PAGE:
Cook has closed the bilge and is rooting through the ice chest when Margarete and I emerge from her quarters fully chocolatized. Most of the men who had taken to their bunks to sulk over the floppy dinghy and their resulting denial, are now on deck gazing longingly toward shore. A few others have gathered in the salon and sit reading, eating grapes Cook has set out. Randy, the skipper, is leaning on the threshold of his stateroom casually grasping a handhold while he talks on his cell phone. He’s grinning and cajoling, graphically retelling the tale of the “limp dink.”
After shoving off and until anchoring, phones have been used discretely — except by Miguel, the young Venezuelan, who has his palmed and glued to an ear every moment we are within range of a cell tower. It seems his girlfriend is missing him terribly, even though they chatter constantly. Still hot from recent cooing, Miguel’s phone, which is plugged in for recharging right under Randy’s hand, sings for attention. Randy looks for Miguel to scurry to answer, but he must be in the head or on deck. In a seamless wave Randy drops his hand, swoops up the phone, flicks it open and slaps it shut. Everyone in the salon giggles as the skipper theatrically touches his finger to his lips to shush us. He cranes to look up the hatch.
“Who wants to go ashore?” he asks loudly, holding his phone above his head. An immediate surround-sound, testosterone-juiced chorus of “Me!” “Me!” “Me!” circles the salon. If anyone was asleep, they aren’t now. Spencer yanks the curtain open, toddles into the salon with his hand raised, yawning, “Me too!”
Miguel bounds down the companion way, glances toward his phone and shrugs his shoulders begging a translation.
“Do you want to go ashore?”
“Si. Yes, si!” Miguel smiles as he picks up his phone to determine its status. He checks for messages and plugs it in as Randy finishes his phone conversation.
“My friend who lives here, another skipper, has a skiff he can launch. I didn’t want to impose, so I offered him $100 to water taxi for the evening. His boat can handle six. He has to drive, so five can go ashore in one trip. We should let the birthday boy go to celebrate with his little brother. Miguel, Spencer — Alex, do you want to go?”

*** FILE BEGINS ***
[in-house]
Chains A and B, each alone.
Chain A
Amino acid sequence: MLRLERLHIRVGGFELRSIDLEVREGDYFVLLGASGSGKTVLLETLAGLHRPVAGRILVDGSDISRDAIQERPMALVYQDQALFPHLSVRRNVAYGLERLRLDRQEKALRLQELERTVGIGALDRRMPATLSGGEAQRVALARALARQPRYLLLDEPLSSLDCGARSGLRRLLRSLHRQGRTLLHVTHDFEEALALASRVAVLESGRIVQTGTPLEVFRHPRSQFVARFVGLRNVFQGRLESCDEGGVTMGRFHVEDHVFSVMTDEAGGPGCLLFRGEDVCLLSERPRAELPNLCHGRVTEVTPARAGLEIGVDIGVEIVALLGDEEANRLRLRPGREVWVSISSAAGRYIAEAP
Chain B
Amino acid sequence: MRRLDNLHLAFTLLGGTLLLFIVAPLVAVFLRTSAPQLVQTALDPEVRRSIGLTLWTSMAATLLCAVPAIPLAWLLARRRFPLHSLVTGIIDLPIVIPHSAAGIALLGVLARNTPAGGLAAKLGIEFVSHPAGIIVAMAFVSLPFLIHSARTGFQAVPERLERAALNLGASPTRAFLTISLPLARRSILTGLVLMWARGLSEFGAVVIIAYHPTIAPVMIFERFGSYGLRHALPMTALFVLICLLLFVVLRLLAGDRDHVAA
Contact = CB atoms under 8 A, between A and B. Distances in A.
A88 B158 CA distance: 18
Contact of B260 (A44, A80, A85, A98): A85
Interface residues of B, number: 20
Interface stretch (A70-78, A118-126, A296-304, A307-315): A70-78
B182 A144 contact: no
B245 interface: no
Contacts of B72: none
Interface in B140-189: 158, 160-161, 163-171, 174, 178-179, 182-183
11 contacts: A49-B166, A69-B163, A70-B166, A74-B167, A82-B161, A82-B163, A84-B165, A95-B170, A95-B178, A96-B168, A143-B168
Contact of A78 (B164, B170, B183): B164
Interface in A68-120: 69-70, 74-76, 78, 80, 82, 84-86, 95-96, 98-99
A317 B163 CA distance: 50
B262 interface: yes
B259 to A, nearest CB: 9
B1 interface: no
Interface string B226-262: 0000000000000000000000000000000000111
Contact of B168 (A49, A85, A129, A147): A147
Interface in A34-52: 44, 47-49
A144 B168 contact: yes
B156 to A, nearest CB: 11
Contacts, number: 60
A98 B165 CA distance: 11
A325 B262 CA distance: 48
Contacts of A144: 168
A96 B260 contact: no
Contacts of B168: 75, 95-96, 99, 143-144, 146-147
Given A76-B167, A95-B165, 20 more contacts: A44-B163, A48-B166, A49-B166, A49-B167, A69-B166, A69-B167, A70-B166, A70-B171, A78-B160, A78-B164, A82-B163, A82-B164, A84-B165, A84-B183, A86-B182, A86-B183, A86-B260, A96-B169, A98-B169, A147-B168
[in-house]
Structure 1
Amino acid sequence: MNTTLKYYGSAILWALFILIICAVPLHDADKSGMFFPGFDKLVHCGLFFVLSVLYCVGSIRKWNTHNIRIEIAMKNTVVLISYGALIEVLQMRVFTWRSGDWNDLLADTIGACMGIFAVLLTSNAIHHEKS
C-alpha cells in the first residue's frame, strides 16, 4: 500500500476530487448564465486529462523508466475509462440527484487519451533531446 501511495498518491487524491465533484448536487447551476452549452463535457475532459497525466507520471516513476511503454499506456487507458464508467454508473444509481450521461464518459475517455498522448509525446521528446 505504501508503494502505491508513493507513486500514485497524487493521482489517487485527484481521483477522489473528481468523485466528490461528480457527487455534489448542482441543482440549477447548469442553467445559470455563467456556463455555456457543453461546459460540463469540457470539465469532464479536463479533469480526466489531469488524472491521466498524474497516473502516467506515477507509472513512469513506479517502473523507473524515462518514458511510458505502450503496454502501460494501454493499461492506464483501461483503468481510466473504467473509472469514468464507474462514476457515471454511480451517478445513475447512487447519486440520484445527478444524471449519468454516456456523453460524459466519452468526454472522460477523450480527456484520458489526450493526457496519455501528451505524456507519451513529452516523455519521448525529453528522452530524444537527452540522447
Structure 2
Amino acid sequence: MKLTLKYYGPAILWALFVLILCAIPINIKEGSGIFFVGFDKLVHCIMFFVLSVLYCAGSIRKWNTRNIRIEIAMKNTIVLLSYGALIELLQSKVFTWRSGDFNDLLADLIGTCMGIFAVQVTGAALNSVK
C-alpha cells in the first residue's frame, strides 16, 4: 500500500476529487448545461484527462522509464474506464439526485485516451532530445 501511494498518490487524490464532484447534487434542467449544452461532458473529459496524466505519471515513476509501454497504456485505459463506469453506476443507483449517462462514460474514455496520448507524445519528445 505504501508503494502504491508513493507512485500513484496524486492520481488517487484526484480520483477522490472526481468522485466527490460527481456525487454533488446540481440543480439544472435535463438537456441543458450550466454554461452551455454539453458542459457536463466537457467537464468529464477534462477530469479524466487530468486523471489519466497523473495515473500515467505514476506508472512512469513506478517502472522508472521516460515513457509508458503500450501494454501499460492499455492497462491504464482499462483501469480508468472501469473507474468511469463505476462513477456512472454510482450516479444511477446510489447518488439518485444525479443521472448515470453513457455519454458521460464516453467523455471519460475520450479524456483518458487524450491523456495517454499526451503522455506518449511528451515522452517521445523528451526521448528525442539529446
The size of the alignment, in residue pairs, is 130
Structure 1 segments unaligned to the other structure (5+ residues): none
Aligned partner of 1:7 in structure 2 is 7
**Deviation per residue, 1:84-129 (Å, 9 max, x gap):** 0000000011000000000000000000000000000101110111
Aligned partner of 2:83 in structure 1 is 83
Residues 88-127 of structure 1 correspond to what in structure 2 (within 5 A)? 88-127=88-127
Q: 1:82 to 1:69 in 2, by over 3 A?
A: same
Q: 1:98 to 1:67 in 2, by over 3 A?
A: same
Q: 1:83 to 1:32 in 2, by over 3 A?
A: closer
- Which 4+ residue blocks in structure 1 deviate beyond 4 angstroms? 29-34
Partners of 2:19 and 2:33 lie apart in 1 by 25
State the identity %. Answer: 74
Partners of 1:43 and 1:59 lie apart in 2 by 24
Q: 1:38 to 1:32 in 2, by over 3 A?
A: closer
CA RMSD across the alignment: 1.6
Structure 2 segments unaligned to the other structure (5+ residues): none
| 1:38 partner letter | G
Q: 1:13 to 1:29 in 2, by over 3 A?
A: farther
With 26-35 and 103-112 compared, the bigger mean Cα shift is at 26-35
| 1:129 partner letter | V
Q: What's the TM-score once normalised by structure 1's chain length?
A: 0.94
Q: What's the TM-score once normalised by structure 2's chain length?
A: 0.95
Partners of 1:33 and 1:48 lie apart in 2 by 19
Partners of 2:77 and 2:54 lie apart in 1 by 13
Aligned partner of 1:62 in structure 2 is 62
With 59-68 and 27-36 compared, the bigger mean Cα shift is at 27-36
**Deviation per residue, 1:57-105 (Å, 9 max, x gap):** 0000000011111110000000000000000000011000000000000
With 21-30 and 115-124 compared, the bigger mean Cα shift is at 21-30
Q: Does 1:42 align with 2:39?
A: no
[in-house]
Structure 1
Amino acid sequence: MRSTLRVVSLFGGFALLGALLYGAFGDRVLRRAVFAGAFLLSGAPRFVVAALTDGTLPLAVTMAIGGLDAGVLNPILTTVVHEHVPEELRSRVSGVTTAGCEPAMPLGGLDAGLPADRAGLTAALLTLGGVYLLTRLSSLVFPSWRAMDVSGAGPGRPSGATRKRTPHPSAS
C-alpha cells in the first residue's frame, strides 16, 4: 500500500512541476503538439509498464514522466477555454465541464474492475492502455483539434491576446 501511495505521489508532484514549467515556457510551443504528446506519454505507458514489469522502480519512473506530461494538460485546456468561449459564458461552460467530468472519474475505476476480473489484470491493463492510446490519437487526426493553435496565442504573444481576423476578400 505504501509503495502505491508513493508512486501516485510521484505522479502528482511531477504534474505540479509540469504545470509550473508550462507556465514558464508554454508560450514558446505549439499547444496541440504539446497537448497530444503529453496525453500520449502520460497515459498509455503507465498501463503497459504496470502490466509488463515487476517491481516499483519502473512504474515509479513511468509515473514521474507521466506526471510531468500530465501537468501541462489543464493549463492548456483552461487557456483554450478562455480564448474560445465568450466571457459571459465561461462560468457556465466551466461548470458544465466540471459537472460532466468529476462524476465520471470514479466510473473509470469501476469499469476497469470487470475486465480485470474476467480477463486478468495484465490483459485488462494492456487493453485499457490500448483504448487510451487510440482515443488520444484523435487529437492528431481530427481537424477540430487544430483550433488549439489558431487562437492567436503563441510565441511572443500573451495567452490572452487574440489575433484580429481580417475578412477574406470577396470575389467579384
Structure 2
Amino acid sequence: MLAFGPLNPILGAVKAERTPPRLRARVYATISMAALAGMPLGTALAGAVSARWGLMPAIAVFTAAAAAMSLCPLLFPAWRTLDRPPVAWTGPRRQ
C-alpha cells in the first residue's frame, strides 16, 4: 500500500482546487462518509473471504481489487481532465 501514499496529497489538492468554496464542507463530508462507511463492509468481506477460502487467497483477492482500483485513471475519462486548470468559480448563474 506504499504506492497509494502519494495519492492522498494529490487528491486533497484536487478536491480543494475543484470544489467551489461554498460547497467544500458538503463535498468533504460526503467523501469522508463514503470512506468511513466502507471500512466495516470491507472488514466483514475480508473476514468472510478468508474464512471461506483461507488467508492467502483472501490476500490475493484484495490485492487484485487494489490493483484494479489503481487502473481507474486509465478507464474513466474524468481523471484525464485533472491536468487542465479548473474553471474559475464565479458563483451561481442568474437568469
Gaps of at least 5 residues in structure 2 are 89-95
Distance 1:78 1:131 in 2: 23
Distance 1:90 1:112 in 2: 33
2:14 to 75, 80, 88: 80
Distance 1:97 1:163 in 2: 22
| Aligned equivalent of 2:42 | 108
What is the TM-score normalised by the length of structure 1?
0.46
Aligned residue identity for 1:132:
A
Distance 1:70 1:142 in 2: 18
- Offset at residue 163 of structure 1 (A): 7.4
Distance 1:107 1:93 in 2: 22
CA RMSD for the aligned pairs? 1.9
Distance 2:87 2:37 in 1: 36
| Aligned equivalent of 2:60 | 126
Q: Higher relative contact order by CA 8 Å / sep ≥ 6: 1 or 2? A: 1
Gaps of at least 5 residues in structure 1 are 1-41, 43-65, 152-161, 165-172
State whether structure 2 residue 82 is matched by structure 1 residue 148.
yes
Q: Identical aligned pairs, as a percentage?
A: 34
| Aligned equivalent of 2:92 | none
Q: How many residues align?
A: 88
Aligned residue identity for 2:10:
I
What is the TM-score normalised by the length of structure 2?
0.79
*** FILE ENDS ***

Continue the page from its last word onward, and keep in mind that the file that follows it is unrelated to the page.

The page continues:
Elenore, who looked so longingly towards shore, turns on her heel and lurches up the steps. She knows she must stay aboard and get a bit of sleep.
“Anyone else?” he looks over his shoulder incapable of ignoring the first mate’s huff. “So, it’s settled. We’re pulling anchor at midnight. Don’t miss the boat. Get your twenty bucks and be ready. He’ll be here shortly. Remember, everyone back and set to head north before 2330. No later than 11:30 or you’ll be driving up the coast!”
We nod our heads, satisfied with the arrangement and the change of mood. Cook hoists two bottles of white wine above his head and does the Rocky Balboa victory dance. “Look what I found for the rest of us,” he sings. He stops and gestures stiff arm, palm out. “For dinner,” he decrees. We hold as commanded, lick our lips and make hot tea he has set out. Cook is the master of what and when we eat or drink while on ship — except our chocolate.
Everyone gathers on deck to enjoy the lengthening shadows and scan the harbor for the shore boat’s arrival. A small aluminum skiff nears. The skipper waves and calls to Randy as he eases the throttle. As the boat skims alongside and disappears in our sheer, Miguel’s cell phone rings again. Miguel retreats to the bow to answer, looking somewhat irritated. He returns quickly, flipping his phone shut as he shrugs his shoulders. “Mi novia es crazy por me,” he apologizes.
Boarding will not be as simple as stepping from one deck to the other. We are more than six feet above the waterline. Margarete and Connor rig a rope ladder while Randy introduces his friend below. “This is Charlie. He’ll take you in and bring you back. Call him a half hour before you’re ready or just show up where he drops you at 11. People fall in using these ladders so be careful. If you have anything you don’t want to get wet, leave it or we can hand it down once you board. Miguel, give me your phone,” instructs Randy as the men cue up at the ladder.
The five have primped, slicked their hair, put on travel clothes. They smell strongly of baby wipes and cologne. One by one they lower themselves to the launch and speed away. We watch until they cut behind a jut of docks and Cook has called us to dinner. Randy pulls Miguel’s cell phone from his pocket, plugs it in and turns to serve himself salmon, rice and a green salad. Cook pours wine into small plastic juice glasses and passes them to the table.
“To the birthday boy,” offers Randy. “And the skipper,” adds Ed. “…and the crew.” Smiling, we raise our glasses to toast. Miguel’s phone vibrates loudly.
I jerk awake as adrenaline squirts into my veins. Have we hit something? A whale, a container, a crate of shoes? No. The thump is on the sole, not the hull. I take a long breath. Has something fallen? No. The boat is neither pitching nor yawing nearly enough to toss some heavy load onto the floor. I peek around my lee cloth to see the dark figure of the First Mate Eleanor pulling on her shoes, illuminated by her red flashlight. She has launched herself from the bunk above me to prepare for the change of watch, her third watch in 24 hours. She is covering for a mate stricken with seasickness. Read more